Hotel
      These Three
      Beloved Enemy
      Wuthering Heights
      The Private Life of Henry VIII
      The Dark Angel
      The Scarlet Pimpernel
      Berlin Express

      Photos

      A NIGHT IN PARADISE, Turhan Bey, Merle Oberon, 1946 BERLIN EXPRESS, Merle Oberon, 1948 BERLIN EXPRESS, Robert Ryan, Merle Oberon, 1948 AFFECTIONATELY YOURS, Ralph Bellamy, Merle Oberon, 1941 AFFECTIONATELY YOURS, Dennis Morgan, Merle Oberon, 1941 BERLIN EXPRESS, Merle Oberon, Robert Ryan, 1948 AFFECTIONATELY YOURS, Dennis Morgan, Merle Oberon, Ralph Bellamy, 1941 THE COWBOY AND THE LADY, Merle Oberon, Gary Cooper, 1938 TEMPTATION, Merle Oberon, 1946 TEMPTATION, Merle Oberon, 1946 A SONG TO REMEMBER, Merle Oberon, 1945 THE COWBOY AND THE LADY, Merle Oberon, 1938 DEEP IN MY HEART, Jose Ferrer, Merle Oberon, 1954 A SONG TO REMEMBER, Merle Oberon, 1945 WUTHERING HEIGHTS, Laurence Olivier, Merle Oberon, 1939 THE SCARLET PIMPERNEL, Merle Oberon, Leslie Howard, 1934 BERLIN EXPRESS, Robert Ryan, Merle Oberon, 1948 DARK WATERS, Merle Oberon, 1944 THE SCARLET PIMPERNEL, Leslie Howard, Merle Oberon, 1934 WUTHERING HEIGHTS, Merle Oberon, Laurence Olivier, 1939

      Filmography

      Movies

      Credit
      No Score Yet No Score Yet Interval Serena Moore (Character) - 1973
      100% 43% Hotel The Duchess Caroline (Character) - 1967
      12% 29% The Oscar Self - 1966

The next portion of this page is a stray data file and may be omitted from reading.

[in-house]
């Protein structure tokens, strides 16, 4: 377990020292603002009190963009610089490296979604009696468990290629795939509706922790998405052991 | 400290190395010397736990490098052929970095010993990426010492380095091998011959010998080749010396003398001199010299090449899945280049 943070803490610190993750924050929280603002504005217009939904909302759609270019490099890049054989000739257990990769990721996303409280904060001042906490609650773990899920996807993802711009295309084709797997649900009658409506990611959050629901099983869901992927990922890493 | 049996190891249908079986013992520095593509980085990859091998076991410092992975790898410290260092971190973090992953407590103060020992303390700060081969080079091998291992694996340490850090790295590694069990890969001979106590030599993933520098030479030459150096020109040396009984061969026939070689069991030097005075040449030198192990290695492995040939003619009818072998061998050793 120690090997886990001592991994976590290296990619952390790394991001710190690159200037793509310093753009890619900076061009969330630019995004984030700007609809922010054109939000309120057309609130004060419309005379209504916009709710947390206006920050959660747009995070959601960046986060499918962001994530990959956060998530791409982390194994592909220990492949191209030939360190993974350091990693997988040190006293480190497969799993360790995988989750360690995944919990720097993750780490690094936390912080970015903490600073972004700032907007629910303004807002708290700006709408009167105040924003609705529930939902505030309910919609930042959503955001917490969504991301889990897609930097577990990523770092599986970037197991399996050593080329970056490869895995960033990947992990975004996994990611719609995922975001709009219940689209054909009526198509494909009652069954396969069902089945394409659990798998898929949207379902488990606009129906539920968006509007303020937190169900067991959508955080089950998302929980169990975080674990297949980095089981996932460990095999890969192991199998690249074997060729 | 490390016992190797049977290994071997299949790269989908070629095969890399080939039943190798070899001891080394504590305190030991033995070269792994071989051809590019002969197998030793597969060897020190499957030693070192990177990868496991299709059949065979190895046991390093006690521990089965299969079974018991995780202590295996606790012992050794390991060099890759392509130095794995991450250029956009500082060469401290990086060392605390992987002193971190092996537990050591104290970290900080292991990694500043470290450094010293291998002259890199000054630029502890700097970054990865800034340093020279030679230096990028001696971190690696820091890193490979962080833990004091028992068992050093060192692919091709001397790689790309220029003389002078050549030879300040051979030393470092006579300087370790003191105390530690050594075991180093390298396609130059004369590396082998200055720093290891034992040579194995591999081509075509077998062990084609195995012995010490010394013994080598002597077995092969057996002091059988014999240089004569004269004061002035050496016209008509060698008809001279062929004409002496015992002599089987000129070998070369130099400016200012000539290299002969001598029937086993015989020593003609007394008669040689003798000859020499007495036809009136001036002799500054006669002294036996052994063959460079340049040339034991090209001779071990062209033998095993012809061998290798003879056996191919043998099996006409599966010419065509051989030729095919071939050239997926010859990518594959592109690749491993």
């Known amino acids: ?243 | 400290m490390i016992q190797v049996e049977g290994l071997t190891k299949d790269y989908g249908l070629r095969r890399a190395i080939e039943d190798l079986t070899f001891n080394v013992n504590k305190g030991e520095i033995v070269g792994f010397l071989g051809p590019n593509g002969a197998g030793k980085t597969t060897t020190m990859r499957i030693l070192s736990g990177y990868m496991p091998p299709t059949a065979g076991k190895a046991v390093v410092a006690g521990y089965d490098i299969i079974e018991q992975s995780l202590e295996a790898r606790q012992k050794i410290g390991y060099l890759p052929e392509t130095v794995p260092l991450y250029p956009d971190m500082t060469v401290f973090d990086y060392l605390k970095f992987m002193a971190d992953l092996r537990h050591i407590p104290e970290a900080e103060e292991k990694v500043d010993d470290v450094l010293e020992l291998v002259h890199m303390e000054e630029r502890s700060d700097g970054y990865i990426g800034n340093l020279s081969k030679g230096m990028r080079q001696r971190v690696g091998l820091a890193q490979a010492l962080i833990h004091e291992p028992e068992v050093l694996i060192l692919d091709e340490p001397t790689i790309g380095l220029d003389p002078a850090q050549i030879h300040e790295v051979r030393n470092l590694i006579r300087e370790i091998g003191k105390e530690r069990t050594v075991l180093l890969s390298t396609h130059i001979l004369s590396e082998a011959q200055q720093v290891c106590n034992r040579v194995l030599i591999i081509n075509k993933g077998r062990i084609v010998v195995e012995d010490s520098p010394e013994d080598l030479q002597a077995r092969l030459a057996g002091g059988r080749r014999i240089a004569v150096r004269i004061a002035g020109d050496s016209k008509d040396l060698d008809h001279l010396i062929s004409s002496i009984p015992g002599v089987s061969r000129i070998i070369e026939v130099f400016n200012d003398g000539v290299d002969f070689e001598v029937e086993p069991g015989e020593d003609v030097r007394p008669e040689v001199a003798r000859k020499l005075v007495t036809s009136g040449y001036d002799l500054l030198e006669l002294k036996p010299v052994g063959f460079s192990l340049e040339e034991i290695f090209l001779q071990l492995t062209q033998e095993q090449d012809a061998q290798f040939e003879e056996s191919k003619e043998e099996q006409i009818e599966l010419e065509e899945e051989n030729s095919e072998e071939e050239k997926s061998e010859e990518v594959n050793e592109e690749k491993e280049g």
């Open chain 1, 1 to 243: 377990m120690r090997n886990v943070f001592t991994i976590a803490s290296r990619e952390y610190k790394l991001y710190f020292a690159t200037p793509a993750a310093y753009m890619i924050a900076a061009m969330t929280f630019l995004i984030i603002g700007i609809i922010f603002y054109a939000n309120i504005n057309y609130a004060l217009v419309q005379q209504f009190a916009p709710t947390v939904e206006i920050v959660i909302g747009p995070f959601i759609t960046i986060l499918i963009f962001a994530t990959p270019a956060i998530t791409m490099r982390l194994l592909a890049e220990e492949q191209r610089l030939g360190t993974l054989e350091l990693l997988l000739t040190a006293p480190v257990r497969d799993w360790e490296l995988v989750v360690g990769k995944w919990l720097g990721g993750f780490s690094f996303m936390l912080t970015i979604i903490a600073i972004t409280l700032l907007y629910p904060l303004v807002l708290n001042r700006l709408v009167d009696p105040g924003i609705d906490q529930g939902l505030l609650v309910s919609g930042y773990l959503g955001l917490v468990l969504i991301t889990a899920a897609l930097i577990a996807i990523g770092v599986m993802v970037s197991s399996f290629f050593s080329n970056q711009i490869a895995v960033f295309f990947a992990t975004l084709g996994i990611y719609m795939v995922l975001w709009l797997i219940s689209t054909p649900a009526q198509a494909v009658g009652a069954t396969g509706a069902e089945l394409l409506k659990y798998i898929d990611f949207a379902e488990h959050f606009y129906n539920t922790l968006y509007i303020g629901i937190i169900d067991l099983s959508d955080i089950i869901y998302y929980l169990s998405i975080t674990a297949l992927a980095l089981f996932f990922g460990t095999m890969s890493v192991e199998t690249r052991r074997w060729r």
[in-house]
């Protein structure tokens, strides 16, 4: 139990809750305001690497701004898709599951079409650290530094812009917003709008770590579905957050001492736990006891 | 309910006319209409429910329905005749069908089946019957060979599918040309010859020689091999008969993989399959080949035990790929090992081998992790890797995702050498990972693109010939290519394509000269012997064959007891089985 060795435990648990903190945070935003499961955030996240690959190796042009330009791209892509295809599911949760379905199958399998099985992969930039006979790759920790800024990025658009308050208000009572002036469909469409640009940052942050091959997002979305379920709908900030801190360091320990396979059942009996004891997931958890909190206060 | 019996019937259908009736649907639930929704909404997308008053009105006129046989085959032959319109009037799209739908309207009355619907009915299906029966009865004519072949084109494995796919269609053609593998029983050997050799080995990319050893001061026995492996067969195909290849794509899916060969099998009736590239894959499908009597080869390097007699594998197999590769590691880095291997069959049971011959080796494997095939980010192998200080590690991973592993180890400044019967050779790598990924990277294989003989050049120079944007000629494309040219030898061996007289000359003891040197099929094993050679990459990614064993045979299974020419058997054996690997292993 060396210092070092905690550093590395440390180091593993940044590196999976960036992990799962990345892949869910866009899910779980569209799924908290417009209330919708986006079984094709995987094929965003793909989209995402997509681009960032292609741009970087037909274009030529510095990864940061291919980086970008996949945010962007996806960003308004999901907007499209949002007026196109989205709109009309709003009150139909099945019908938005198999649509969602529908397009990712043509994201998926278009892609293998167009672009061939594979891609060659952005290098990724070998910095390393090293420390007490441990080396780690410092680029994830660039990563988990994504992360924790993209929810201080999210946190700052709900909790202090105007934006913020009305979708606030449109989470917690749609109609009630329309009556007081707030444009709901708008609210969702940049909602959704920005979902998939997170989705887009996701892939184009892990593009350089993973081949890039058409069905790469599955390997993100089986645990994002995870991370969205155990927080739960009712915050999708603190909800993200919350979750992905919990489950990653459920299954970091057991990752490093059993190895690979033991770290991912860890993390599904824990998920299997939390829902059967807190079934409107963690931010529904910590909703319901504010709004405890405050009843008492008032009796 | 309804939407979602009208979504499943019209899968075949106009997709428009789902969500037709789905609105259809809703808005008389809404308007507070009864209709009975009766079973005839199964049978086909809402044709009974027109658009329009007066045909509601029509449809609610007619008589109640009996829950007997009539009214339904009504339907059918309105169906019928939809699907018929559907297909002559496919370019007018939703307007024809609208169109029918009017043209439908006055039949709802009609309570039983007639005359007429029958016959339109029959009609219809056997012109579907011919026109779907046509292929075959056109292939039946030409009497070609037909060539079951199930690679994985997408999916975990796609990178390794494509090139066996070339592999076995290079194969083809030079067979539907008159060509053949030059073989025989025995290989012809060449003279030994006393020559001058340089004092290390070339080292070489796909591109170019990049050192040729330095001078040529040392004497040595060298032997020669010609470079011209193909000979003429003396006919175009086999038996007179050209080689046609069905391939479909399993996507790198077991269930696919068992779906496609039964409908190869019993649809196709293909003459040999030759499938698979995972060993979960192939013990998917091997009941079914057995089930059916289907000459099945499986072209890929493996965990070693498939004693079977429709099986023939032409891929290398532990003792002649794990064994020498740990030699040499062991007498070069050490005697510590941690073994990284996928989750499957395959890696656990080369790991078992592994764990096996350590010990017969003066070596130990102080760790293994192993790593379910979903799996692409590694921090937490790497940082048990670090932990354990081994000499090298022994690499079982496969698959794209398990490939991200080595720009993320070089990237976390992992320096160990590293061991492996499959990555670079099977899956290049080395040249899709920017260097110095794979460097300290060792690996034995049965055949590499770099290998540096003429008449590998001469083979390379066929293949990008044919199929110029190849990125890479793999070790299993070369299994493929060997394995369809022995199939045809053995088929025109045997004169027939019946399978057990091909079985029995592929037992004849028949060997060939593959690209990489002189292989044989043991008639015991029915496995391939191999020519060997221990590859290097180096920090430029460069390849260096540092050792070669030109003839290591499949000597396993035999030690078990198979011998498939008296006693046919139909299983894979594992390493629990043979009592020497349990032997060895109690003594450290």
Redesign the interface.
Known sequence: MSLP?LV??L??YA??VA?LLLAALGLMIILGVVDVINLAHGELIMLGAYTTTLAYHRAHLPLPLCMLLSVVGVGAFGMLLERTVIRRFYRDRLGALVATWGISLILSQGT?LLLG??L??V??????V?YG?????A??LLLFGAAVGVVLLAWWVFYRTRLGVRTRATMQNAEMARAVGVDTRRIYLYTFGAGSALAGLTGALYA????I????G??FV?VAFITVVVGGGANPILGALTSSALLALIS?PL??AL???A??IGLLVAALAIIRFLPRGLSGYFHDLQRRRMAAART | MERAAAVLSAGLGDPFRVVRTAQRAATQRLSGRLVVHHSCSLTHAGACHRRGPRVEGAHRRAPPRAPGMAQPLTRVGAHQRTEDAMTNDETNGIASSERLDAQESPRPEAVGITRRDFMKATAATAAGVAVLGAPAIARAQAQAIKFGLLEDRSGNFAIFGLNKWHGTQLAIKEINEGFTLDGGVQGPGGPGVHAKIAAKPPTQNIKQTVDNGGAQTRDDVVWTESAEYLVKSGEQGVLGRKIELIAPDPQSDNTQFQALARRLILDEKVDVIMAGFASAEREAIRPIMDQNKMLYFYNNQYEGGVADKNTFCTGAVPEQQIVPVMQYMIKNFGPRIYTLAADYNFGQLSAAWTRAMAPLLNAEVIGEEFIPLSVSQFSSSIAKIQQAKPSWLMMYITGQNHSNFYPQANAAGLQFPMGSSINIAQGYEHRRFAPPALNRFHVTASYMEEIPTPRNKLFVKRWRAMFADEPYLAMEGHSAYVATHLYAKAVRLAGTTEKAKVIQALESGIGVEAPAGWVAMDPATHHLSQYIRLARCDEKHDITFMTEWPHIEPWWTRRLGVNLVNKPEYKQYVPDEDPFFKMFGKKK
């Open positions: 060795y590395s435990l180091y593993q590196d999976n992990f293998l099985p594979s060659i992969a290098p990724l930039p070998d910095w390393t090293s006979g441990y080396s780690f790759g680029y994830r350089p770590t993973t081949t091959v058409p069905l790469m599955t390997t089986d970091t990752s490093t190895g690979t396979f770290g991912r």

No Score Yet 83% The Epic That Never Was Self - 1965
      No Score Yet No Score Yet Of Love and Desire Katherine Beckmann (Character) - 1963
      No Score Yet 20% The Price of Fear Jessica Warren (Character) - 1956
      20% 68% Desiree Empress Josephine (Character) - 1954
      No Score Yet 52% Deep in My Heart Dorothy Donnelly (Character) - 1954
      No Score Yet No Score Yet Todo es posible en Granada Margaret Faulson (Character) - 1954
      No Score Yet No Score Yet Affair in Monte Carlo Linda Venning (Character) - 1953
      No Score Yet No Score Yet Pardon My French Elizabeth Rockwell (Character) - 1951
      80% 62% Berlin Express Lucienne (Character) - 1948
      No Score Yet No Score Yet Night Song Cathy Mallory (Character) - 1947
      No Score Yet No Score Yet A Night in Paradise Delarai (Character) - 1946
      No Score Yet No Score Yet Temptation Ruby (Character) - 1946
      No Score Yet 52% A Song to Remember George Sand (Character) - 1945
      No Score Yet No Score Yet This Love of Ours Karin Touzac (Character) - 1945
      No Score Yet 36% Dark Waters Leslie Calvin (Character) - 1944
      No Score Yet 71% The Lodger Kitty Langley (Character) - 1944
      80% 62% First Comes Courage Nicole Larsen (Character) - 1943
      63% 54% That Uncertain Feeling Mrs. Jill Baker (Character) - 1941
      No Score Yet 25% Affectionately Yours Sue Mayberry (Character) - 1941